WOODLAND -- Bianka Aceves Martín dreams to one day be able to help people.
At the tender age of four, she had a severe asthma attack that landed her in the hospital. Lying in that hospital bed she wondered if she would survive. In between bouts of fear and anxiety, she took notice of one thing. There were dedicated nurses and doctors that helped her and made her feel better. The observation gave her inspiration.
"I can't tell you whether or not that experience influenced my decision to become a doctor, but it definitely contributed to it because ever since I was a child growing up in México, I would tell everyone in my family that I was going to grow up and become a doctor one day," Aceves Martín said.
The 17-year old Pioneer High School graduate who recently got admitted to the University of California, Los Ángeles will begin her journey this fall, hoping to major in biochemical science and eventually become a pediatrician.
Aceves Martín, who will be the first in her family to get a college education, attributes her academic success -- having earned both a 4.19 grade point average and a $20,000 Dell Scholarship -- to her parents, her role models.
"My parents always encouraged me to do my homework. They stayed awake late at night to help me study and my mom would make food for me and bring me snacks when I stayed up all night to study for exams. My mother regrets not having the opportunity to go to school and I believe that's why she always told me the importance of getting a good education," Aceves Martín said.
She also earned a $10,000 Nordstrom Scholarship and a $1,000 scholarship through the Local Carpenter Union Association. The Yolo Mexican-American Concilio awarded her $500.
Just last year, the young Aceves Martín went through one of the most difficult times in her life. Her father José, a life-long construction worker and native of Tepatitlán, Jalisco, had traveled to México to visit his family and passed away unexpectedly.
The sudden loss of her father didn't faze her despite how emotionally distraught she recalls being. Her grades didn't suffer nor did it keep her from fulfilling her dreams.
"It was really painful losing my dad. He was always there for me. He was my hero. He was also very proud of me. Every time I would get an award, he would cook my favorite meal and whenever I received brochures through the mail from different colleges, he would get so excited for me," she said.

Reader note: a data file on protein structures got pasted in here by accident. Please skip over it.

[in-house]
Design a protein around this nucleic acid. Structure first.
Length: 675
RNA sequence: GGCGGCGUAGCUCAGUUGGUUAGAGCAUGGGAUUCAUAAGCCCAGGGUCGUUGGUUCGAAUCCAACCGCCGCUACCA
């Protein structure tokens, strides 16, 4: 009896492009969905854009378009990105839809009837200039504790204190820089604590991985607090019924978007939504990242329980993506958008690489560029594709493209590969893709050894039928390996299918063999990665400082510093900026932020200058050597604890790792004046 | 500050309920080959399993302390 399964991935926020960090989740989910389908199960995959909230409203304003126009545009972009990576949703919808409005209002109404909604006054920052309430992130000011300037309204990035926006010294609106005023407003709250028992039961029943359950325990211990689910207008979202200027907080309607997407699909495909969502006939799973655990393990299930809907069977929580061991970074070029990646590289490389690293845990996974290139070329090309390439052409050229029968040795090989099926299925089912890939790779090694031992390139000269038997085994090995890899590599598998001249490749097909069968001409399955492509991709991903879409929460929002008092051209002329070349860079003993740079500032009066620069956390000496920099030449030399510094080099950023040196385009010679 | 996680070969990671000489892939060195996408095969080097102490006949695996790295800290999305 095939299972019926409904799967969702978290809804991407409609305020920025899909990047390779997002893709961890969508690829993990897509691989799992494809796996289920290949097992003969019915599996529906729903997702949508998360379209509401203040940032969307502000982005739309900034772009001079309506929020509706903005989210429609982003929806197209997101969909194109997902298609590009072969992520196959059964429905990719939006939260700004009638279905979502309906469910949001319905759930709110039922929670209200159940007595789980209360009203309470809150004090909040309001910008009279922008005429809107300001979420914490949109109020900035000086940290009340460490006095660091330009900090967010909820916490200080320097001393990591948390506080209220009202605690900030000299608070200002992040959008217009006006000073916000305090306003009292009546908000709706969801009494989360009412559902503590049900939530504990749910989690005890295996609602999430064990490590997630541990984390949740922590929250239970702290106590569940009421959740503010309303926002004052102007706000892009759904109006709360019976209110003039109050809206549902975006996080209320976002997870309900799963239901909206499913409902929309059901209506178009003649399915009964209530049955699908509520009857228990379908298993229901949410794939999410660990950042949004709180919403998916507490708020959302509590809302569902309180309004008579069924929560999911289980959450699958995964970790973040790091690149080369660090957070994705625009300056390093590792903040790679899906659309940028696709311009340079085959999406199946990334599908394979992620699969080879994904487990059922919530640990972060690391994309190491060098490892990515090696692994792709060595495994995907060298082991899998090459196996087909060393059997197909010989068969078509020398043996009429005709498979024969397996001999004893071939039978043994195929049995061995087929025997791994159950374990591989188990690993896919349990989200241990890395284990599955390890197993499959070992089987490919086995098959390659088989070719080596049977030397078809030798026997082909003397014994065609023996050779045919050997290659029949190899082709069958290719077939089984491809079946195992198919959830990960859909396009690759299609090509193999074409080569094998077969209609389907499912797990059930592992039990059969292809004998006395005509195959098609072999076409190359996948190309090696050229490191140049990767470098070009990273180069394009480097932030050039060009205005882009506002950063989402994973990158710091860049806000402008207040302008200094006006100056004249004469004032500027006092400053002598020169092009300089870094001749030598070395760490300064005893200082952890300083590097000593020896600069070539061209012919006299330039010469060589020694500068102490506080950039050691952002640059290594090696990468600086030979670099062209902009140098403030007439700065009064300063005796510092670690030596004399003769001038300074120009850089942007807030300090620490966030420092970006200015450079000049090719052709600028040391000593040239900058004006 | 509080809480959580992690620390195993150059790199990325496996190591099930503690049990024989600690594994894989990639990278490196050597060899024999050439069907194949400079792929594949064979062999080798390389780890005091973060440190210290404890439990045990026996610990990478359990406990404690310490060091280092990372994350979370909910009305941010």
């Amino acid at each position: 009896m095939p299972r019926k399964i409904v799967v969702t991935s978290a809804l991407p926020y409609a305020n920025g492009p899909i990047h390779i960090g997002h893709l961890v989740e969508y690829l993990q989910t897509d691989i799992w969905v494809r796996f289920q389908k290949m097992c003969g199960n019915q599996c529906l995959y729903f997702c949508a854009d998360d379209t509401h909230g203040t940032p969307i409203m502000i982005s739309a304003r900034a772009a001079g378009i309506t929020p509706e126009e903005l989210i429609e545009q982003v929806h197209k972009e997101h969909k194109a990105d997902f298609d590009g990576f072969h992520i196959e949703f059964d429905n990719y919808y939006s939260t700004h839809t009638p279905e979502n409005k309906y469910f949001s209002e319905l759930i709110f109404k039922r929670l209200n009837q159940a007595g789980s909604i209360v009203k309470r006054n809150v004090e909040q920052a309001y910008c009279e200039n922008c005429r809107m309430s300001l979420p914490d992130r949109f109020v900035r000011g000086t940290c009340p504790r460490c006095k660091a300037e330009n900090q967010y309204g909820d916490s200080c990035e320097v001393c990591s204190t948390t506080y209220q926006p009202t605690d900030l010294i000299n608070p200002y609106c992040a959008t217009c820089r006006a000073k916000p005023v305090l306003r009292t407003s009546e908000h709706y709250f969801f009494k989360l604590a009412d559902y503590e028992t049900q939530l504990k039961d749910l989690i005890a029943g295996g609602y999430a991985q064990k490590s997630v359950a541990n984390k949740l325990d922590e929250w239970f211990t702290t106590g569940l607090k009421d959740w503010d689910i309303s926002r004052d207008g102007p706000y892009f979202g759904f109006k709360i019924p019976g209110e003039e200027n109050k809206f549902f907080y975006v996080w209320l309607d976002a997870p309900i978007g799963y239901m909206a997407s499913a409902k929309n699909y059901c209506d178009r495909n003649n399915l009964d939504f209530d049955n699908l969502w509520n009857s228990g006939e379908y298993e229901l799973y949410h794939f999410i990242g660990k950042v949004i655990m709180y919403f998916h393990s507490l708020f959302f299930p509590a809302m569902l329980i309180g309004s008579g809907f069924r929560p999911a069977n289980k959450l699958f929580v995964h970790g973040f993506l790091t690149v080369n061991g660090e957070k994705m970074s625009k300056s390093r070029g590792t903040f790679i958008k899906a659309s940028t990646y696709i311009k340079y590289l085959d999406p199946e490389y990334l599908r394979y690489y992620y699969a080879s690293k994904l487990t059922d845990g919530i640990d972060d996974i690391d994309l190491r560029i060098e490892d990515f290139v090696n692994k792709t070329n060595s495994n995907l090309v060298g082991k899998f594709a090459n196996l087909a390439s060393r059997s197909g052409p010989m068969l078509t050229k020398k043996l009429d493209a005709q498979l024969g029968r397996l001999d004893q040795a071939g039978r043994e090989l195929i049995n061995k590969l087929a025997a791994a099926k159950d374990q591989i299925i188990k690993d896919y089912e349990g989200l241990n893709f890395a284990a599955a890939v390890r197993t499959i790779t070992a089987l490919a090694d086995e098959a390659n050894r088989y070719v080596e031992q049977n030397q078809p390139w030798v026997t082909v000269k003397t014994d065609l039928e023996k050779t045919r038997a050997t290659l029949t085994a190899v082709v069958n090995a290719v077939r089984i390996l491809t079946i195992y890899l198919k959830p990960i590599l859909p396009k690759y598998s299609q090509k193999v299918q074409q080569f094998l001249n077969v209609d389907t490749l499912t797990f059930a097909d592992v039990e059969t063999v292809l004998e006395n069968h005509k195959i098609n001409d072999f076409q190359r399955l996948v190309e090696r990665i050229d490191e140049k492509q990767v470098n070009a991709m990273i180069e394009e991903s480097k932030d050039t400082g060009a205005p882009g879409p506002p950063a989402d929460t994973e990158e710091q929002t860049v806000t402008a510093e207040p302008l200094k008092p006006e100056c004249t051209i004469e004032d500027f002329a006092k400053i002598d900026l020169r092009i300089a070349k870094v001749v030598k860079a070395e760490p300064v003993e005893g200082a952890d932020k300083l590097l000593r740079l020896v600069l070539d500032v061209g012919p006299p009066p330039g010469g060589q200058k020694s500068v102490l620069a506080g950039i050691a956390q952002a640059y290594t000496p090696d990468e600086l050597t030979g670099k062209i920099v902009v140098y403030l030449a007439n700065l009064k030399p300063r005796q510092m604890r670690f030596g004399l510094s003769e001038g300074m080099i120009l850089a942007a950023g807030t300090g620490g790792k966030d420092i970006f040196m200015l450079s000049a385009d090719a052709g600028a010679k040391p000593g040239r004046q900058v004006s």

He also always told her, "In my eyes mija, you are already a doctor -- my doctor."
Aceves Martín stayed focused on her studies. A native Spanish speaker, learning English was the first big obstacle she had to overcome when she arrived in the United States at the age of eight. She turned her frustrations into hard work and determination.
She never let an opportunity pass her by.
During her four years in high school, Aceves Martín dedicated her free time volunteering at the Yolo Family Resource Center, a place that helped low-income families. It was there she wrote articles for the center's monthly bilingual newspaper covering youth news. She would help point single mothers to the right resources; the youth to healthy activities so they could stay out of trouble; and, provide assistance at the food bank for needy families.
In 2010 at the age of 15, she became the youngest person in Yolo County to become a certified tax preparer. For five Saturdays in a row, she underwent intense training in order to help low-income families prepare their income taxes for free.
Last summer, she was selected as a Bank of America student leader and participated in the leadership program which selects 400 students nationally and provides unique internship opportunities. Aceves Martín was one of four students from the Sacramento area that were chosen. For 8 weeks, she worked at the Sacramento Food Bank, then traveled to Washington, D.C. to meet with other student leaders from around the world.
"It was a great and rewarding experience. I was very lucky," she said.
Aceves Martín was also a Future Farmers of America member, the treasurer of the Spanish club, and a tutor at the Freshmen Academy at her high school. She took advanced placement courses and was an athlete on the tennis team.
She was also an AVID student.
Every day, she was at school by 7 a.m. to help learn how to best prepare for college. It was one of her favorite classes and one she almost considered dropping out of when her father passed away.
"My mom had to stay home and take care of my younger sisters and with my father gone, I didn't have a ride to school, but I had an amazing teacher who picked me up every single day for an entire year because she wanted to see me succeed," recalls Aceves Martín.
That teacher was Mrs. Shenk-Tiffany.
"She has always been very supportive of me. She helped me apply to colleges and I couldn't have done it without her help. If I needed someone to talk to, she was there. If I had questions, she was there. When I told her I couldn't go to AVID class, she picked me up at my house everyday. She helped me out. No other teacher would have done that," Aceves Martín said.
Today, her eyes are set on her future at UCLA and beyond. She hopes to return to the Sacramento area and hopefully apply to medical school at UC Davis.
"I can't tell you how exciting it is to see all my hard work pay off. I got into the school I wanted, I have the scholarship money to help me, I'm the first in my family to graduate from high school. I just want to do this for my parents, especially my dad," she said.
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